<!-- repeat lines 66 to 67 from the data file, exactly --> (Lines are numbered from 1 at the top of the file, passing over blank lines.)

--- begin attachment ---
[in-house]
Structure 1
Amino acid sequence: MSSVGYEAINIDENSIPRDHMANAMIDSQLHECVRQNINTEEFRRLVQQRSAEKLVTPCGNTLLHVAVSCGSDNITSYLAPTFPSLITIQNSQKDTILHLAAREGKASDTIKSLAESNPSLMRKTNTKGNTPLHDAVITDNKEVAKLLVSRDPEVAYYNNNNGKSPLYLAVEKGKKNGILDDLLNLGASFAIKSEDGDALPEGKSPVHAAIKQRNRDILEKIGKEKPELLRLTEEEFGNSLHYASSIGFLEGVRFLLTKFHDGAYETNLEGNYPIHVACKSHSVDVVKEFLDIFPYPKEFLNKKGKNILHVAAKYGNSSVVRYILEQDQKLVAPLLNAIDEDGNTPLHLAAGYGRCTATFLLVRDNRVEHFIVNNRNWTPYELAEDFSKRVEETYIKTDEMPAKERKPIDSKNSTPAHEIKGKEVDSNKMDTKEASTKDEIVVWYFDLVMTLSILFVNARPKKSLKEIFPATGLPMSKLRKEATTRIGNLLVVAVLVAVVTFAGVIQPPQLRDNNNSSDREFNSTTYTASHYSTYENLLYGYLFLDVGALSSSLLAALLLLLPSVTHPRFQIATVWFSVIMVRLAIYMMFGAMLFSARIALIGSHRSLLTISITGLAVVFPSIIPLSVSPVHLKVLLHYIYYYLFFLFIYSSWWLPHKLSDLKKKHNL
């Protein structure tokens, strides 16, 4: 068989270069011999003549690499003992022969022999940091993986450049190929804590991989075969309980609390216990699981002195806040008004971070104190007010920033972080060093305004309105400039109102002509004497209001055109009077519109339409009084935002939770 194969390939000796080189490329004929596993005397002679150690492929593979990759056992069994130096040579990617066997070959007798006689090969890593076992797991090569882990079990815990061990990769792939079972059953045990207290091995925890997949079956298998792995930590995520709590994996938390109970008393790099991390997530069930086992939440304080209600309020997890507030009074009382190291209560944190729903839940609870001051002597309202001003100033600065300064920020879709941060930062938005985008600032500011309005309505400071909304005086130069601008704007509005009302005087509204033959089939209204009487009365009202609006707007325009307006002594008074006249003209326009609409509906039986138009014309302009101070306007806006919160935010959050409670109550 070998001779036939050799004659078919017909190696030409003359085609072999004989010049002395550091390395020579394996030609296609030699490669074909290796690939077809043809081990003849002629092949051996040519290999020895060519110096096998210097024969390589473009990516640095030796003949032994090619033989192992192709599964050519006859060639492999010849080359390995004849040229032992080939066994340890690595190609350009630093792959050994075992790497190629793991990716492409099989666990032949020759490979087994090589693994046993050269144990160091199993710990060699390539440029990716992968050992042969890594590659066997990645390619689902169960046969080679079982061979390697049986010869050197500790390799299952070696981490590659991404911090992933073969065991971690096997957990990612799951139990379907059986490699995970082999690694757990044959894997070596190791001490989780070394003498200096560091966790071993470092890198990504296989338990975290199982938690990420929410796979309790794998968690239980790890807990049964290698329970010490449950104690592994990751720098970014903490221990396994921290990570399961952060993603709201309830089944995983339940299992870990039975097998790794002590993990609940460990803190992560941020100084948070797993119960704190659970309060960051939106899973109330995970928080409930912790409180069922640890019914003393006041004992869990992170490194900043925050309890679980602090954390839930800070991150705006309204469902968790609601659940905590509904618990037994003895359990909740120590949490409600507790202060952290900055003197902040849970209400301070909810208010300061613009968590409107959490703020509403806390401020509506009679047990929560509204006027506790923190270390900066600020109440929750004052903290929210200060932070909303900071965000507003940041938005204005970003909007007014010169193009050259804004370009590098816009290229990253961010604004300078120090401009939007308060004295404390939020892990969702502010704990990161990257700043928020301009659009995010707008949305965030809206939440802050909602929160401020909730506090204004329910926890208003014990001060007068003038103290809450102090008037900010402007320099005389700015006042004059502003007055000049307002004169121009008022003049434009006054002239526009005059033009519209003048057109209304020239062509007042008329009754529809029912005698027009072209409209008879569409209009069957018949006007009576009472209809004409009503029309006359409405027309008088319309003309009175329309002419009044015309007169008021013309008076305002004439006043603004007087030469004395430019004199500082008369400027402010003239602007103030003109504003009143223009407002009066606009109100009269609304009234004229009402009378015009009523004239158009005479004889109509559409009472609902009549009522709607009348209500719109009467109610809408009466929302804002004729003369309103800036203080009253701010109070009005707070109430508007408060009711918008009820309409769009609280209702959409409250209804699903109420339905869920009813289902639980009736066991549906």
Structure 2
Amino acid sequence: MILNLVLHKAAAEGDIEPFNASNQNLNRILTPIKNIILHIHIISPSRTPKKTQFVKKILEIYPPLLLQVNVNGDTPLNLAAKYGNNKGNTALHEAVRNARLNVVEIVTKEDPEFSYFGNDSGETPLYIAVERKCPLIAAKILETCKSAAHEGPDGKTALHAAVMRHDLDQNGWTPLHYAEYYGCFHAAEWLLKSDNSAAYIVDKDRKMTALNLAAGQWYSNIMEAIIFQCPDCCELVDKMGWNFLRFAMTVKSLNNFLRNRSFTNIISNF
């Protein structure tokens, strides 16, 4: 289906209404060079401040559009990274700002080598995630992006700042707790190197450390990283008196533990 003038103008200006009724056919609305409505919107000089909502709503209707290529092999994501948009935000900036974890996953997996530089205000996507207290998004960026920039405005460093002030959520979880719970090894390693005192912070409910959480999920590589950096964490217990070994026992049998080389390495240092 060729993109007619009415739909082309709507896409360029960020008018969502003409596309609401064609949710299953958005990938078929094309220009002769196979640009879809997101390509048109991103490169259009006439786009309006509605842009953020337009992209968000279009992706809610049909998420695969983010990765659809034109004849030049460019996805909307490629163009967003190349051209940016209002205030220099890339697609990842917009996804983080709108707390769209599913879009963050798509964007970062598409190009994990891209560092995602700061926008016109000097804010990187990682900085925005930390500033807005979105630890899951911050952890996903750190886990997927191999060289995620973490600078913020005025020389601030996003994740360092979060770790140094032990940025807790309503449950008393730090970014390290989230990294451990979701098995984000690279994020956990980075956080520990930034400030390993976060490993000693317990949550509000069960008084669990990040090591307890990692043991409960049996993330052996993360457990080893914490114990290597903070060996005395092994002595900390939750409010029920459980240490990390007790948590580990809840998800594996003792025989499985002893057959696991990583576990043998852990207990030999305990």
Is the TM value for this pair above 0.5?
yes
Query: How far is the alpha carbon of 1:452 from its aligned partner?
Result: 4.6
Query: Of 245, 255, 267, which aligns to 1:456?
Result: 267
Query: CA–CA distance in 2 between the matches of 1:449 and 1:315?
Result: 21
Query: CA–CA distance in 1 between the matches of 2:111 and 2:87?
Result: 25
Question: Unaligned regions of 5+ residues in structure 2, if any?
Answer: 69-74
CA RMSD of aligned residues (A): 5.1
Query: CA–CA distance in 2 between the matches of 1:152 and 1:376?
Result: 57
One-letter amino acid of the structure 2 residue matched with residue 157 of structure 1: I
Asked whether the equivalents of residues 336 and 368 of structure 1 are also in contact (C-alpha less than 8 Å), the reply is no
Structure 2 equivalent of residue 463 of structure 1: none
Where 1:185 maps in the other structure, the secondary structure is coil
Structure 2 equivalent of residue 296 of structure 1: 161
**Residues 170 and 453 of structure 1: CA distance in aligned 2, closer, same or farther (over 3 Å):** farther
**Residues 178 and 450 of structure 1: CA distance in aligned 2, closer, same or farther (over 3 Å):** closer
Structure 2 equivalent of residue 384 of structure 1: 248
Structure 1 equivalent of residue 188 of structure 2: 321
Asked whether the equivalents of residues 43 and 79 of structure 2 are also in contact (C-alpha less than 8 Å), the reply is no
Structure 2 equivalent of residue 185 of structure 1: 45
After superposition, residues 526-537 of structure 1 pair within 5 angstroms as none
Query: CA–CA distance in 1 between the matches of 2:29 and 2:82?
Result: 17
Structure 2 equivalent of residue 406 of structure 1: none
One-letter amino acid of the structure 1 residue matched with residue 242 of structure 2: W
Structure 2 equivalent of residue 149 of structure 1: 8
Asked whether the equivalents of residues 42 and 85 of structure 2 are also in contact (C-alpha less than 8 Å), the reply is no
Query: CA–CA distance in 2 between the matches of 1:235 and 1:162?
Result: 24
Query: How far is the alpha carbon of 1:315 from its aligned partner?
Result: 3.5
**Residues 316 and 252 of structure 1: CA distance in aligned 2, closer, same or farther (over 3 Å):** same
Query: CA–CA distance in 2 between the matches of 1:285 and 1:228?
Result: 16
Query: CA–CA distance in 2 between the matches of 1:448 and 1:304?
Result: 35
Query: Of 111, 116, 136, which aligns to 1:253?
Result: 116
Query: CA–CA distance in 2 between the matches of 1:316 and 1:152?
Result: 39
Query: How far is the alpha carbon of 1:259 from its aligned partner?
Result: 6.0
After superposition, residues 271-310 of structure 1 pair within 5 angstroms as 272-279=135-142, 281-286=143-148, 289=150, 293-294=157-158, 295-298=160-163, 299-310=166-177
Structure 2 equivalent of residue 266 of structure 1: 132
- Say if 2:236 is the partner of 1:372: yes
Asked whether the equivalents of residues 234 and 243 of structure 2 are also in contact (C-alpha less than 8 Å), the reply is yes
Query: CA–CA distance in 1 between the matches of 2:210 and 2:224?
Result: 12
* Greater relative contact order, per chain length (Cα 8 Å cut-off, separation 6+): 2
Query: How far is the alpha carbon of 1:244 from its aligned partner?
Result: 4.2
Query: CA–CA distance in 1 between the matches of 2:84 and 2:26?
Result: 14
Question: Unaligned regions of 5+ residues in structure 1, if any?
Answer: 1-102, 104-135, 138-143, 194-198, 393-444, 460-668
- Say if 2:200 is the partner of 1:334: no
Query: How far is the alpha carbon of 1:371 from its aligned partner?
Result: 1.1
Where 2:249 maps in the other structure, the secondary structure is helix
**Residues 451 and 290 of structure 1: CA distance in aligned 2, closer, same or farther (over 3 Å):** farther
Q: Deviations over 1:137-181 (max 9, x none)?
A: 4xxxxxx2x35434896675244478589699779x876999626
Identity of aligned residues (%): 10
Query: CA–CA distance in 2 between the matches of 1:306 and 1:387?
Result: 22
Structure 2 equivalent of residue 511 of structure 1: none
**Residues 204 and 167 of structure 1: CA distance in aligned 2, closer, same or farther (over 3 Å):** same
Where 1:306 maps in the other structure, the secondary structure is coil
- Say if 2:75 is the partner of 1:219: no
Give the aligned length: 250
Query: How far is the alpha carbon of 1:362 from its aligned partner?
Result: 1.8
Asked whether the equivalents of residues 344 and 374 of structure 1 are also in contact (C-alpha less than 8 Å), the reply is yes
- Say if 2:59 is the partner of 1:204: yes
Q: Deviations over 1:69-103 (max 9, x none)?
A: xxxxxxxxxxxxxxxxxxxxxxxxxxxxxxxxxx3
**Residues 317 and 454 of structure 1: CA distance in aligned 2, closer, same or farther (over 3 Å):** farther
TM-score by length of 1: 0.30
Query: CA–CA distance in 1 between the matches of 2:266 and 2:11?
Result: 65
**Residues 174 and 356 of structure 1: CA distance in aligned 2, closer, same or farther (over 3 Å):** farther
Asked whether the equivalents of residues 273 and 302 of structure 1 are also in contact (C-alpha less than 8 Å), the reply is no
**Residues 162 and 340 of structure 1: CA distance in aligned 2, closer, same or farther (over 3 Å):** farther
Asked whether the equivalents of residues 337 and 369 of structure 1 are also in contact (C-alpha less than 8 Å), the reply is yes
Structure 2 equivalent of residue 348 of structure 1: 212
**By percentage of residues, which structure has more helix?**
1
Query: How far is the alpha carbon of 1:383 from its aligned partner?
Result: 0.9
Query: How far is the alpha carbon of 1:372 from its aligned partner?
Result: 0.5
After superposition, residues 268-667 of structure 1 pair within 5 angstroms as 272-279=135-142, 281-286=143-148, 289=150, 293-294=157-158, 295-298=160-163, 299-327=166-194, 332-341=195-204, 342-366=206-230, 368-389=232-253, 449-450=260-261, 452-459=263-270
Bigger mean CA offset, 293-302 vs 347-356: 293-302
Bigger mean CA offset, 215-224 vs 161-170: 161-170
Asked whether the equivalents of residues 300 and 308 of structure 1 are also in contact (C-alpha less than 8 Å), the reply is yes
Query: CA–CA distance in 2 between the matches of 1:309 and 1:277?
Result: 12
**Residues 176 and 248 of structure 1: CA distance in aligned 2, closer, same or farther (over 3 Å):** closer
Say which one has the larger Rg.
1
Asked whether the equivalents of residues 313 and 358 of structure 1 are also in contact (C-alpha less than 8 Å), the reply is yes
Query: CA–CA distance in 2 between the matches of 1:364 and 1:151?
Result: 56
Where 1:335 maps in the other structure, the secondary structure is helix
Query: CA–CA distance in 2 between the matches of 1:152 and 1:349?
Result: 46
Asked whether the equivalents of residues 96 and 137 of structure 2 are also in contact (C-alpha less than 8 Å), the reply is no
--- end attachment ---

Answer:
Result: 14
Question: Unaligned regions of 5+ residues in structure 1, if any?